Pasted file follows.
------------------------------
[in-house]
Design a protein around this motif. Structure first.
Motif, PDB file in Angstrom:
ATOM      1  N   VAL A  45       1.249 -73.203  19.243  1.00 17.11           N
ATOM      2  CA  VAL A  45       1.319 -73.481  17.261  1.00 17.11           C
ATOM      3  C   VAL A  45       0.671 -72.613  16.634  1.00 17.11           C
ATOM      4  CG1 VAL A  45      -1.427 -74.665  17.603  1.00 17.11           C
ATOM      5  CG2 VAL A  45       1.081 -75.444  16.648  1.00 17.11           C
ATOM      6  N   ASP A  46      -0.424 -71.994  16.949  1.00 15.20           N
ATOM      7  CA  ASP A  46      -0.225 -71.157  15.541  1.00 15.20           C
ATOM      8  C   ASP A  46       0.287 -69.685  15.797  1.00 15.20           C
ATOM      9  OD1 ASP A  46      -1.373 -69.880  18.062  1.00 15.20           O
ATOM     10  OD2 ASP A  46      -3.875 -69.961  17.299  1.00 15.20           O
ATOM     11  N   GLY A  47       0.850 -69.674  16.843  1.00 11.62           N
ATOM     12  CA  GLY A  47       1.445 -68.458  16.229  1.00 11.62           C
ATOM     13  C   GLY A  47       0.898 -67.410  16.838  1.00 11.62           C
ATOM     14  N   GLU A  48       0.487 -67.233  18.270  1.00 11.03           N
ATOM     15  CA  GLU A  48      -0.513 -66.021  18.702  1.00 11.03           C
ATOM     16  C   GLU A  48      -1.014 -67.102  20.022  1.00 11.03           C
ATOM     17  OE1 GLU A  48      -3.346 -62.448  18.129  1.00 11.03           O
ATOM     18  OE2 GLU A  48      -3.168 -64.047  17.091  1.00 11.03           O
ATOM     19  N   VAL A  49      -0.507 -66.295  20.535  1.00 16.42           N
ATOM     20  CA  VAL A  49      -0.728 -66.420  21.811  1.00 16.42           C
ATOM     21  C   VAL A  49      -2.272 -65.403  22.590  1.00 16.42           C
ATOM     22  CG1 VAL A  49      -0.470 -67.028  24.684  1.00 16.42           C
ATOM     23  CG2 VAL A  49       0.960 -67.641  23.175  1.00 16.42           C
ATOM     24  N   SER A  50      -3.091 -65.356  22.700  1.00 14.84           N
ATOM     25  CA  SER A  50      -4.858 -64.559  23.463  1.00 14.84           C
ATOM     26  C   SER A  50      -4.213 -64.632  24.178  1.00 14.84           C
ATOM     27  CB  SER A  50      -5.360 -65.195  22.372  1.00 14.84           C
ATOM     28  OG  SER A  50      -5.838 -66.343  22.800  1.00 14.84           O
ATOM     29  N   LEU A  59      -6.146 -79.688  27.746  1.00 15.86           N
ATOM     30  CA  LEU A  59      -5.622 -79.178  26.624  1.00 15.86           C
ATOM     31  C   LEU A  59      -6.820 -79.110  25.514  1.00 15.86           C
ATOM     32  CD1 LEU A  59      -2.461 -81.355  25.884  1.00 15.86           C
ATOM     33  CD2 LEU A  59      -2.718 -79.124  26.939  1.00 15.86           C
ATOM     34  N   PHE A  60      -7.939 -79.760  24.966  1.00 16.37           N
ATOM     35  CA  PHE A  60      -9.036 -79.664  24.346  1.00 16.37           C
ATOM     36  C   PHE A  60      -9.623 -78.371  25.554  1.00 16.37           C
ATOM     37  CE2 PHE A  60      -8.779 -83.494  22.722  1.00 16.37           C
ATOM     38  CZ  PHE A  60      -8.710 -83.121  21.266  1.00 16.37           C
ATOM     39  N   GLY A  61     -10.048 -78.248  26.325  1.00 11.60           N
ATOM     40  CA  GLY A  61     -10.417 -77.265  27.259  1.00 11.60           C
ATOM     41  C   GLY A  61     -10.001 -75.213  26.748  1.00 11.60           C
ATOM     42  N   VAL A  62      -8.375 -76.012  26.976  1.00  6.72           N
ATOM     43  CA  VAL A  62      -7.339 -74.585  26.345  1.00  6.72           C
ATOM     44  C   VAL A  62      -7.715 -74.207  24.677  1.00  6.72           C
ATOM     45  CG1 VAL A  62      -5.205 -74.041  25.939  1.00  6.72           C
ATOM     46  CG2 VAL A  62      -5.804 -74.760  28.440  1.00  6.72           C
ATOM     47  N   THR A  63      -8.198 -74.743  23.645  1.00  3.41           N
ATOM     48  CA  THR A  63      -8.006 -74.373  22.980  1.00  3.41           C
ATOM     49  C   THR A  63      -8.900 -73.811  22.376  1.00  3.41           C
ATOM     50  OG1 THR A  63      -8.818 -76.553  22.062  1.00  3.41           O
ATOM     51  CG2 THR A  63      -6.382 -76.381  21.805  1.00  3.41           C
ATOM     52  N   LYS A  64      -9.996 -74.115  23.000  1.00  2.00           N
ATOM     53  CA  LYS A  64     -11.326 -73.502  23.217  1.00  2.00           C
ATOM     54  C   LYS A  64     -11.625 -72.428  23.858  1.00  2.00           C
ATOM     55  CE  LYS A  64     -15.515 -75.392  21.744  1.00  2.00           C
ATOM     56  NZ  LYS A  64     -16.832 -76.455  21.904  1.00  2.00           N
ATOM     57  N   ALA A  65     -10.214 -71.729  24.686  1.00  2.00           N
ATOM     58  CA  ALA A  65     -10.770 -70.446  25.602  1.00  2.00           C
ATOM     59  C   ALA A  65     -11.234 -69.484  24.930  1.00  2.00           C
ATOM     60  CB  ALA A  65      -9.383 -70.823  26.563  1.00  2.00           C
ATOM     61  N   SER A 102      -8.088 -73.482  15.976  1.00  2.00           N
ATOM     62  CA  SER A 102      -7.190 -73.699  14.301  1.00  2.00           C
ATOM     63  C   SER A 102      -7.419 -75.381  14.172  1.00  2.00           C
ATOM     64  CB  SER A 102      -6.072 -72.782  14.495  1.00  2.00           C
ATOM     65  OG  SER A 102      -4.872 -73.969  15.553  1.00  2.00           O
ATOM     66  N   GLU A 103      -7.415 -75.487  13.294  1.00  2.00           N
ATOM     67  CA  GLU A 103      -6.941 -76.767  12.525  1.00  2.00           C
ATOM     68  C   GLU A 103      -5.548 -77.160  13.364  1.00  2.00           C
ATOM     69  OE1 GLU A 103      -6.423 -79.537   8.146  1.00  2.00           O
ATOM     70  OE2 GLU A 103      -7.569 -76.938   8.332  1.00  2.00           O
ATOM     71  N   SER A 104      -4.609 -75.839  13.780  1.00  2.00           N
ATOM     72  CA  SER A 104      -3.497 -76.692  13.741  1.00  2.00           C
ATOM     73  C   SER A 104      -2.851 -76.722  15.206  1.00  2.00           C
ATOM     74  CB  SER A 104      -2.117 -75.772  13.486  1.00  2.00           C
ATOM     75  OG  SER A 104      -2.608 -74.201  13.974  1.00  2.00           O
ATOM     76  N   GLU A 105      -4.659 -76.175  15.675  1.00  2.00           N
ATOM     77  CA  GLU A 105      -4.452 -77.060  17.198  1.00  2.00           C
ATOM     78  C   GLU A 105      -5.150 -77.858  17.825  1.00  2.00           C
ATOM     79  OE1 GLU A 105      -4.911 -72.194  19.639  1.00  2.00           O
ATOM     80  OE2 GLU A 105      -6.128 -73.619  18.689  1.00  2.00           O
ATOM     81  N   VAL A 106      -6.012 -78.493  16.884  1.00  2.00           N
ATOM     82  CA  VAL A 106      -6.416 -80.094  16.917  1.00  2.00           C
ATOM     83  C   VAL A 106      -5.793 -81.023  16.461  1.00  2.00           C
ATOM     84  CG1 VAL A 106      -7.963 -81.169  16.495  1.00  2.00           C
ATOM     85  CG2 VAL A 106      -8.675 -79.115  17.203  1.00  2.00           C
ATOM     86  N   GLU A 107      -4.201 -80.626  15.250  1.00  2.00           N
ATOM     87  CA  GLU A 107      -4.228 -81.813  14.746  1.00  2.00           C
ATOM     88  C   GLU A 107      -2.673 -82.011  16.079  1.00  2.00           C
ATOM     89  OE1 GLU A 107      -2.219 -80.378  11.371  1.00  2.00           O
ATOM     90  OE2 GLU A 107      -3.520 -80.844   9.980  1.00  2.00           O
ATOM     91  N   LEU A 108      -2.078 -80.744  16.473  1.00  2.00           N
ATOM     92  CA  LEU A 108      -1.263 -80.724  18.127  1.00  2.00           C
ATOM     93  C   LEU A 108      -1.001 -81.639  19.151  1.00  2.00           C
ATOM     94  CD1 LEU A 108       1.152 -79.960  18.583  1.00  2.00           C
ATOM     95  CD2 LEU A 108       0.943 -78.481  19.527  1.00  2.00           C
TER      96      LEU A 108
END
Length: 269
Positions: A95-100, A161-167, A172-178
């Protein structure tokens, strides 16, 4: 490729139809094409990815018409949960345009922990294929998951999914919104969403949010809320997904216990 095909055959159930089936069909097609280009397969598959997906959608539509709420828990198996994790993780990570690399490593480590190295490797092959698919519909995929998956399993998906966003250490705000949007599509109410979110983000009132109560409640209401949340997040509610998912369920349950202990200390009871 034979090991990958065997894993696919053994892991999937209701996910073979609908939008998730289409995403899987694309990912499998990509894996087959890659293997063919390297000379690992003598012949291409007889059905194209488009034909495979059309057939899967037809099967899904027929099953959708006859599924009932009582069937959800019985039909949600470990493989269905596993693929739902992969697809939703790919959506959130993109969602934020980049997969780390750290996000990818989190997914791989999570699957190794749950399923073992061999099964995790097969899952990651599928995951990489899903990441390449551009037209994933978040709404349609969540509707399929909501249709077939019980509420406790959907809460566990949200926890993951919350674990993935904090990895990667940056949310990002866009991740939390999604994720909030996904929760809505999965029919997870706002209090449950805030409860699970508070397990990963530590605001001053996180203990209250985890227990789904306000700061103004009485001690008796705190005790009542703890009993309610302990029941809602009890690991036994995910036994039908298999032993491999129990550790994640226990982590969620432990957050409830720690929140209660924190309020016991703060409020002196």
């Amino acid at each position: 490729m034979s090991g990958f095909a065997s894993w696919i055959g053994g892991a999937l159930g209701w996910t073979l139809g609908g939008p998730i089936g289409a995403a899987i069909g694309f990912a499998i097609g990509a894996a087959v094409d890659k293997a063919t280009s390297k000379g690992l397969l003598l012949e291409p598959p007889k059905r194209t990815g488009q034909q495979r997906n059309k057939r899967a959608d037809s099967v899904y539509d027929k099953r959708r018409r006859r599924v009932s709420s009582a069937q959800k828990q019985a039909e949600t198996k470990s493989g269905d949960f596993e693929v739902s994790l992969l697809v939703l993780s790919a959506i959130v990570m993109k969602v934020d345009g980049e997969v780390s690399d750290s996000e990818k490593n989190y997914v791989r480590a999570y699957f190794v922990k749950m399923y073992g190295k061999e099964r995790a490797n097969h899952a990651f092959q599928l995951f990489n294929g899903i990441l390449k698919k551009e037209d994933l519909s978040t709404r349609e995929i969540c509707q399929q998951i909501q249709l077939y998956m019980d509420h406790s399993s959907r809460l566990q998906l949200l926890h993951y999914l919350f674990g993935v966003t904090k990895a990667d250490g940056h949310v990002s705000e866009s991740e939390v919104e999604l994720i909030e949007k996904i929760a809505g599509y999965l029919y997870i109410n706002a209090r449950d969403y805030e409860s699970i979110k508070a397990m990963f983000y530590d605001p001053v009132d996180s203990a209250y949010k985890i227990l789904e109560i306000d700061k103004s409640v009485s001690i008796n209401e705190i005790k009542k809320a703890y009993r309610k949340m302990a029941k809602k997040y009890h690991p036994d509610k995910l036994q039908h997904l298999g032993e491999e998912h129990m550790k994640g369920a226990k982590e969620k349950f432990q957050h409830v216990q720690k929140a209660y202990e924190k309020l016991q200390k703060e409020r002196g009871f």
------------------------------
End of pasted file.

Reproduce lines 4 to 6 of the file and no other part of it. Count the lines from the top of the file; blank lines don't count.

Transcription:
ATOM      1  N   VAL A  45       1.249 -73.203  19.243  1.00 17.11           N
ATOM      2  CA  VAL A  45       1.319 -73.481  17.261  1.00 17.11           C
ATOM      3  C   VAL A  45       0.671 -72.613  16.634  1.00 17.11           C